Art Works Blog

Art Talk with Jane Marie Butler

"I have learned that community practice can also be about photography embracing and celebrating differences reflected in a positive form." --- Jane Marie Butler

Last fall Northern Ireland photographer Jane Marie Butler lived and worked in Washington, DC for two months. Under the auspices of ARCH Development Corporation's Artists in Residency Program---which receives grant support from the National Endowment for the Arts---Butler and two fellow Northern Irish photographers engaged with and photographed the community of Anacostia. During her residency, Butler captured the large-scale digital images that comprise Analogue of Anacostia. According to Butler’s artist statement, “[T]he work observes Anacostia amidst changes, with the choice of colors metaphorically representing the positives which are leading to its revival within the District of Columbia.” We spoke with Butler via e-mail about her earliest engagement with the arts, some of the highlights of her capital residency, and the surprising effects of using Chuck Brown as a conversation opener.

NEA: What’s your version of the artist’s life?

JANE MARIE BUTLER: During my final year of academic studies, I majored in fine and applied photography. I also genuinely have a flair for all genres of music and the arts. My affiliation with subcultures led to me furthering my knowledge in this field by including it in my academic studies at university. This led my investigations into further interest in reviewing social phenomenons from our pop past. All of my past research and projects have revolved around the subject area in photographing visual pop culture.

Since I graduated, as an artist, I work very much on a sporadic basis with often months passing without the consciousness of realizing I haven’t picked up a camera, paintbrush, or pencil due to my commitments of work or family or simply life in general blocking my energy to create.The jolt of artistic flair roars back at me, inside my thoughts often, by the lyrics of songs that remind me of where my passion lies and that gives me the enthusiasm to begin capturing images again.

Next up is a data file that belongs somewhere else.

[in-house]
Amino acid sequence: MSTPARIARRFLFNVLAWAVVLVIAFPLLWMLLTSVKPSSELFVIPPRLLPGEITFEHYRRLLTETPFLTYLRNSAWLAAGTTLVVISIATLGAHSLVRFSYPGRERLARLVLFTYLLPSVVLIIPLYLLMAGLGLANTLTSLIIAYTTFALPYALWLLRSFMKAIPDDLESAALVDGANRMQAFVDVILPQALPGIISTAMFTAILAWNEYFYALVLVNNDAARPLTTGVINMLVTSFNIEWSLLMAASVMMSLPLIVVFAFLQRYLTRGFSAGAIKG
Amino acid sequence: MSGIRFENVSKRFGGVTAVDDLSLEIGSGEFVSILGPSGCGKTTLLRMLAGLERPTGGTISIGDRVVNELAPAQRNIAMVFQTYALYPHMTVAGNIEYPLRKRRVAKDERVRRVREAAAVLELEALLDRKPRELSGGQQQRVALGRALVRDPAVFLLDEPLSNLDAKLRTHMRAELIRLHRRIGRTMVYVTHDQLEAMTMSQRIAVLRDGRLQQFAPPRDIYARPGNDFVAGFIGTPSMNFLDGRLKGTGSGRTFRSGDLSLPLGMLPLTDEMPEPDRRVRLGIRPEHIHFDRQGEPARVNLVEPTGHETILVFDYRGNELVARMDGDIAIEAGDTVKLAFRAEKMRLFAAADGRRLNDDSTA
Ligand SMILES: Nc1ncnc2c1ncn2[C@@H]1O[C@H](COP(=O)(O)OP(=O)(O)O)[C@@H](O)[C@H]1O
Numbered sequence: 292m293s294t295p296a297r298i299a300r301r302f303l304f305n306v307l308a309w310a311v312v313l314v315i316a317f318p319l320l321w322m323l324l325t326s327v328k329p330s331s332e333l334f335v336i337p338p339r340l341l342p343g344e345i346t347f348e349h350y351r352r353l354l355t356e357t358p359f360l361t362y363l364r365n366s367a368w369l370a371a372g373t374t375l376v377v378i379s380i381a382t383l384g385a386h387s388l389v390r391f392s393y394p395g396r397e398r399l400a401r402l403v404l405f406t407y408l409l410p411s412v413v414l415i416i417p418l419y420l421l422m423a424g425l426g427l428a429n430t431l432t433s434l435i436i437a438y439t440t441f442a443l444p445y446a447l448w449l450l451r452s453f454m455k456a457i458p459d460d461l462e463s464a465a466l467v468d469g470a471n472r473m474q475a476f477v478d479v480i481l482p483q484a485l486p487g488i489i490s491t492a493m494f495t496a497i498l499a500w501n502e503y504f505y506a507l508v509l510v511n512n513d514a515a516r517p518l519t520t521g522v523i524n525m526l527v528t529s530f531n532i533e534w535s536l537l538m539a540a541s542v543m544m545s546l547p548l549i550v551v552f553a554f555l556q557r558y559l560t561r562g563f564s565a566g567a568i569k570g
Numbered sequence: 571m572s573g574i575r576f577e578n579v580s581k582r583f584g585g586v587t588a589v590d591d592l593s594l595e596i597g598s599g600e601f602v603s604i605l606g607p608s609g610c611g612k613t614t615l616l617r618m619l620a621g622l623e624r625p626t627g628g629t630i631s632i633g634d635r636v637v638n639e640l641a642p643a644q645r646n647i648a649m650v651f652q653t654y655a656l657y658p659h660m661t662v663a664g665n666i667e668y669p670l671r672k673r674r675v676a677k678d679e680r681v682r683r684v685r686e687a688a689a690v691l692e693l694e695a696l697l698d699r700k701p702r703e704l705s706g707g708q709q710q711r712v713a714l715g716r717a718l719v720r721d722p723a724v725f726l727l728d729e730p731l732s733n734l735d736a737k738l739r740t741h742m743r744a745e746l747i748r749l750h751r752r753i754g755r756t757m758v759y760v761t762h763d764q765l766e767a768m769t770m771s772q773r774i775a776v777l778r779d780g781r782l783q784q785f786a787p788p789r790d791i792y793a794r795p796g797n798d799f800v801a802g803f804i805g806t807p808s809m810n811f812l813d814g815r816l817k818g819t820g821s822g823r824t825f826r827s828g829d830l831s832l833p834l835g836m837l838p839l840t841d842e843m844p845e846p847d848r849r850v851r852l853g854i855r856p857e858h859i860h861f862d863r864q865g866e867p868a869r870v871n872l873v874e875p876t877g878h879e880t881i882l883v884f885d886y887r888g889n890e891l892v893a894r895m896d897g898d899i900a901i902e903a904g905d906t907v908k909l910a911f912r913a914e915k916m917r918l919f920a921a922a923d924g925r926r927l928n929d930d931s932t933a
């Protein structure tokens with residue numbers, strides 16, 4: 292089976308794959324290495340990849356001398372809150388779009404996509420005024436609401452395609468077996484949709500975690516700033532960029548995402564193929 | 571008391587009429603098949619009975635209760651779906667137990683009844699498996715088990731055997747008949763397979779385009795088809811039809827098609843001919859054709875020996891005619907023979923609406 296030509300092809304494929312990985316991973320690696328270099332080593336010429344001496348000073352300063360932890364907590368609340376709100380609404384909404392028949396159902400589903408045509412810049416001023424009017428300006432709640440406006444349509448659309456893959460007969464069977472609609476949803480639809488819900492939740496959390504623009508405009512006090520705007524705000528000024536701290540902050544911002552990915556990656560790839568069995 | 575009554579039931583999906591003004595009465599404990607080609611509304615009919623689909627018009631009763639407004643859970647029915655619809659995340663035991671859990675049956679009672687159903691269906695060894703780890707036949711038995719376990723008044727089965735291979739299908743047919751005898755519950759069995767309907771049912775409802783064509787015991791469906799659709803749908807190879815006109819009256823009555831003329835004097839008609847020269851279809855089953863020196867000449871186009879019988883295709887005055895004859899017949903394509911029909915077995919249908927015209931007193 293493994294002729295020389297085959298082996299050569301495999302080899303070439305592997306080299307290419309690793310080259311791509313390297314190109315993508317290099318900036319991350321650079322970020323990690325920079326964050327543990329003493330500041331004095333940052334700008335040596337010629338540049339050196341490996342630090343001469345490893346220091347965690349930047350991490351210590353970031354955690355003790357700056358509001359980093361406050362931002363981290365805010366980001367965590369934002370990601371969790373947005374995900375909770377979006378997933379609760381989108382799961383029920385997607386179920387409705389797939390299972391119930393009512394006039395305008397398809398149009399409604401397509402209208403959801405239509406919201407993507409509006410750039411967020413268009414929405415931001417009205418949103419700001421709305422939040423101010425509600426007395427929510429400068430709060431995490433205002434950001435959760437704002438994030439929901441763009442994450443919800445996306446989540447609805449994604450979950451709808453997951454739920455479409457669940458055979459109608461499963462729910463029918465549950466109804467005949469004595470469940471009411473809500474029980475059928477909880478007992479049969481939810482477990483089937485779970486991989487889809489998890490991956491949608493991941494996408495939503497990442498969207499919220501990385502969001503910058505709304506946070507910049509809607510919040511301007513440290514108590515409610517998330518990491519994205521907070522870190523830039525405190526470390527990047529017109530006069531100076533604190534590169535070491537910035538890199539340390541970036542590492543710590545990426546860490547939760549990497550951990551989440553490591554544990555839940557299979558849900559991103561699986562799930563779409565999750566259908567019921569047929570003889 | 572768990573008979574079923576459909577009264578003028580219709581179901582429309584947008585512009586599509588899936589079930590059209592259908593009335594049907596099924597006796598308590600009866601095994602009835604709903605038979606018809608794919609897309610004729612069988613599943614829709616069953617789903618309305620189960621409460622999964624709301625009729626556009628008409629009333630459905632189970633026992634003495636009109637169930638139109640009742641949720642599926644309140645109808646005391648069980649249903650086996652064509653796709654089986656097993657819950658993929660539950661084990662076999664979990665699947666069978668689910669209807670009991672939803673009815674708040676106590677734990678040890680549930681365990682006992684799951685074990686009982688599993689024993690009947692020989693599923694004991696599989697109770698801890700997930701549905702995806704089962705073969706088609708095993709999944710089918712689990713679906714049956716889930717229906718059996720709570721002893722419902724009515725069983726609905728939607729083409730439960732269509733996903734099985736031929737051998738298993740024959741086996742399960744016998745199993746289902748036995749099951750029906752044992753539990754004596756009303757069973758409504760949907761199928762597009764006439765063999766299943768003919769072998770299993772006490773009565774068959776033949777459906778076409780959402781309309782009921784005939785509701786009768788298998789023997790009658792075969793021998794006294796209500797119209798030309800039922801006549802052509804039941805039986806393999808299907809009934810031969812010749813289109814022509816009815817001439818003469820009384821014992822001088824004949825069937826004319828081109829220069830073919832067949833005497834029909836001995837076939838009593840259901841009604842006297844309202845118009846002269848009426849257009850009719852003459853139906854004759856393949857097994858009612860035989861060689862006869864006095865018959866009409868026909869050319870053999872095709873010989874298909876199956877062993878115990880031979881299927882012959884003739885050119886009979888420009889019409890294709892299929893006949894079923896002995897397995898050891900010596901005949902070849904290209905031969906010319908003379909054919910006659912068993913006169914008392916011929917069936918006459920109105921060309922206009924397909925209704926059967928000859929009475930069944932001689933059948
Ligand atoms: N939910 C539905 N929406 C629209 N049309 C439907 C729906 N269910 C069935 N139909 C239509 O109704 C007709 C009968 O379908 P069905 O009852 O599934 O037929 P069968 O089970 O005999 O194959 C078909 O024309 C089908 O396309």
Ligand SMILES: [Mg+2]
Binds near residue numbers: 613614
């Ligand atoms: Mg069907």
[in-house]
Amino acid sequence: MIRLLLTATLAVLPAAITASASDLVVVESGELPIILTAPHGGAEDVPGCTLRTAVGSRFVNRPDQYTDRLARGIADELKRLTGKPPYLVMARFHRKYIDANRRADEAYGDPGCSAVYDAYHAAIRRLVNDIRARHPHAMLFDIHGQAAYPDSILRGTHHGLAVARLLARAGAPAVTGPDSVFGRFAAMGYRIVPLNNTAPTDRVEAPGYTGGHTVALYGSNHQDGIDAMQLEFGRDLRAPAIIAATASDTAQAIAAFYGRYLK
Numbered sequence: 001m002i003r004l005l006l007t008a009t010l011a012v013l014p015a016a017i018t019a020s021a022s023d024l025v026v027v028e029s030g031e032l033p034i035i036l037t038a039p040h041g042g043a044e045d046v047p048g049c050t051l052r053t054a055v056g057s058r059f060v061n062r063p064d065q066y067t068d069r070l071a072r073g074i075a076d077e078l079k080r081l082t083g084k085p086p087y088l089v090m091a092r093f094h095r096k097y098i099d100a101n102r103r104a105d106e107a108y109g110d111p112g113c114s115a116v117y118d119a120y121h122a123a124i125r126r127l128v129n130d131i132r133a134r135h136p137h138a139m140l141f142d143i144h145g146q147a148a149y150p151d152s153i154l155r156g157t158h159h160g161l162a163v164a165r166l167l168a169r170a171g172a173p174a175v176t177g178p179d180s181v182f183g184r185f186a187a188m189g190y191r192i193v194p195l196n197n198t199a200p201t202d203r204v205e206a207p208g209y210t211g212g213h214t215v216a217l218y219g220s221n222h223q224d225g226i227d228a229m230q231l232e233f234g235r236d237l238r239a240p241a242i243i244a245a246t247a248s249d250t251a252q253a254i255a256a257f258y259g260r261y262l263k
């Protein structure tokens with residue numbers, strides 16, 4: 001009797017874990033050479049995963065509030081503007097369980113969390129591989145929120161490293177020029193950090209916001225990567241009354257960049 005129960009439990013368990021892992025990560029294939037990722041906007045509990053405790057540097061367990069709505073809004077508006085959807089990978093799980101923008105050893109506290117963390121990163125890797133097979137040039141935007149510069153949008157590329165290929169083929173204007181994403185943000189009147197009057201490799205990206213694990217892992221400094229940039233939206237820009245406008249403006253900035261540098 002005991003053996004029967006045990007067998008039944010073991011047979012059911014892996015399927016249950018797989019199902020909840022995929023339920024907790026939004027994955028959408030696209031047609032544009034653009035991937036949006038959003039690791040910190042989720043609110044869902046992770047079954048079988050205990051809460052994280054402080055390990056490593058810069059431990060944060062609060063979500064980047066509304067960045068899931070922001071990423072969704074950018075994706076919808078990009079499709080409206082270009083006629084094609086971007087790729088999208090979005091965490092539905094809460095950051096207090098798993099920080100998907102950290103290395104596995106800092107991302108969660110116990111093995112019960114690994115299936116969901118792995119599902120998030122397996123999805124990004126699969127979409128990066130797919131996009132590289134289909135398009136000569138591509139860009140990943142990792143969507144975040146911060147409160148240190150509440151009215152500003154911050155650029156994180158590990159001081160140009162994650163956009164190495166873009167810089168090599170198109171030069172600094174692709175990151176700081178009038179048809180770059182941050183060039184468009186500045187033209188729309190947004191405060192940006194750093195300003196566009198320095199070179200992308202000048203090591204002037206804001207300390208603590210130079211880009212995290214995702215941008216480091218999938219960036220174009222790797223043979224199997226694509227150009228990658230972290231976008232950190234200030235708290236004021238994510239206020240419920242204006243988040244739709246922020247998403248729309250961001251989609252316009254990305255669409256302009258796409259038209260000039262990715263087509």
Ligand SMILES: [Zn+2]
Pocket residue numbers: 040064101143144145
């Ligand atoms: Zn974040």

My photography is now more based on documenting the electronic dance music communities through my visual perspective in the style of what I have almost always executed. Eclectic urban areas are my inspiration and my task is to try and visually display an atmosphere through my collage presentations.

NEA: What’s your earliest memory of engaging with or experiencing the arts?

BUTLER: In order to retain information long term I have to sketch in some manner or the other. Whether it is a simple biro [ink] doodle to a poster-sized mind map filled with elaborate links. I remember as a child always carrying a blank spiral notebook, and one of my first detailed projects was of my grandfather’s vegetable patch. The pages were heavily detailed in rows and sections of colored pencils and paints in order to know for the following season what rotation of seeds were needed to keep the soil full of nutrients and gain the best stock in the next planting.

Upon entering my grandparents’ cottage in County Kilkenny, Ireland, I can still see as I am opening the front door an extremely large-scale copy of John Constable’s Flatford Mill. Throughout the house were Byzantine style religious images. It wasn’t until later studies in education that I became aware of the relevance of these images in art history that I had been surrounded by.

NEA: Last fall you had a residency at the ARCH Development Corporation here in Washington, DC. What was that like?

BUTLER: I firmly believe the opportunity to be involved in the residency program was extremely beneficial to combine theory with practical experience and helped develop my professional photography work habits, which will always be both necessary and valuable to have, while I built toward a completed photography exhibit.

I visited the Big Chair Coffee & Grill café [in Anacostia] several times for coffee. Strangely, on my first visit there, after introducing myself to the mother and daughter who work there [I learned] that they were unaware of who Frederick Douglass was, which I found quite alarming. Luckily I had my compact camera on me, which still had images on it from home in Belfast where Mervyn Smyth and I had gone and photographed the new Frederick Douglass mural on the Falls Road, so I could show his relevance still to today as well as give a brief history lesson to the staff.